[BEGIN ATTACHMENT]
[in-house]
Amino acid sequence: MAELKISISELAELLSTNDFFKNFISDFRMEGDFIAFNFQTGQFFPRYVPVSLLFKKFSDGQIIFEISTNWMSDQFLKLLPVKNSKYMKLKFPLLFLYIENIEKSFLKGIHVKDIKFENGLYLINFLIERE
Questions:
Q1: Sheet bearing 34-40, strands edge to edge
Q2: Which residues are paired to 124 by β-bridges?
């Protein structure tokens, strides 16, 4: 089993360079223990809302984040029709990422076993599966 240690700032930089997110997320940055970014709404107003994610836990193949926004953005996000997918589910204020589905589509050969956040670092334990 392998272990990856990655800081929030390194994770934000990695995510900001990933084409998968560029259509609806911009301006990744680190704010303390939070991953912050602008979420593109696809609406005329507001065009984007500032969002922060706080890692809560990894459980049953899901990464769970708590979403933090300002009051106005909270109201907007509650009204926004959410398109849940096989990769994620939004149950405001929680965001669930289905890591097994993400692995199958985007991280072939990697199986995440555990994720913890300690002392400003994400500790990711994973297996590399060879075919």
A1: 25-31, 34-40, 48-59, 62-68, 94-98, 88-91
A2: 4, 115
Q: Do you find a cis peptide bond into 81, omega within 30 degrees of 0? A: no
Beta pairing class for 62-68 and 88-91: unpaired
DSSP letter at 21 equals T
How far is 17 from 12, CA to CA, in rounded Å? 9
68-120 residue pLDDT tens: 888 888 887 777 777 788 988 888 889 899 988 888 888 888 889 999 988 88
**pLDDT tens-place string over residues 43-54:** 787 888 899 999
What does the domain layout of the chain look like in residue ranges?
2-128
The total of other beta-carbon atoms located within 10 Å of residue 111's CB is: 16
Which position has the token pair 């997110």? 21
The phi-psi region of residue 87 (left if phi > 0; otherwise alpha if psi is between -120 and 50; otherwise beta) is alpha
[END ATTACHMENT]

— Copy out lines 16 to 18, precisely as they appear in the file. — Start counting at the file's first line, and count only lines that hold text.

2-128
The total of other beta-carbon atoms located within 10 Å of residue 111's CB is: 16
Which position has the token pair 């997110």? 21